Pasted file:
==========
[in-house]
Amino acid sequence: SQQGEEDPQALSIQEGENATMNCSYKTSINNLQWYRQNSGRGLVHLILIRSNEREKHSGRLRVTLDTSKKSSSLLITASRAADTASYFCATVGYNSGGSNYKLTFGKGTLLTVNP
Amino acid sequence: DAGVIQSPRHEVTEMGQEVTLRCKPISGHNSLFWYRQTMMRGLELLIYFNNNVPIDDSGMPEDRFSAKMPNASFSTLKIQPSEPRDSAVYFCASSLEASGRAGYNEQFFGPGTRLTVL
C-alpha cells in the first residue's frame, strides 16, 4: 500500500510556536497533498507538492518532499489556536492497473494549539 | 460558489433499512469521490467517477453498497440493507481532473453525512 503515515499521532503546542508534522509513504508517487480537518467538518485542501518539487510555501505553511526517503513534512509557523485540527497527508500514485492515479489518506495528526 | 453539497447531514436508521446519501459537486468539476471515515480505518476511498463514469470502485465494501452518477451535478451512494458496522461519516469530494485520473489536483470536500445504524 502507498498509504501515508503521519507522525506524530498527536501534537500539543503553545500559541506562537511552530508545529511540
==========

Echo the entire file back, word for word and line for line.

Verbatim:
[in-house]
Amino acid sequence: SQQGEEDPQALSIQEGENATMNCSYKTSINNLQWYRQNSGRGLVHLILIRSNEREKHSGRLRVTLDTSKKSSSLLITASRAADTASYFCATVGYNSGGSNYKLTFGKGTLLTVNP
Amino acid sequence: DAGVIQSPRHEVTEMGQEVTLRCKPISGHNSLFWYRQTMMRGLELLIYFNNNVPIDDSGMPEDRFSAKMPNASFSTLKIQPSEPRDSAVYFCASSLEASGRAGYNEQFFGPGTRLTVL
C-alpha cells in the first residue's frame, strides 16, 4: 500500500510556536497533498507538492518532499489556536492497473494549539 | 460558489433499512469521490467517477453498497440493507481532473453525512 503515515499521532503546542508534522509513504508517487480537518467538518485542501518539487510555501505553511526517503513534512509557523485540527497527508500514485492515479489518506495528526 | 453539497447531514436508521446519501459537486468539476471515515480505518476511498463514469470502485465494501452518477451535478451512494458496522461519516469530494485520473489536483470536500445504524 502507498498509504501515508503521519507522525506524530498527536501534537500539543503553545500559541506562537511552530508545529511540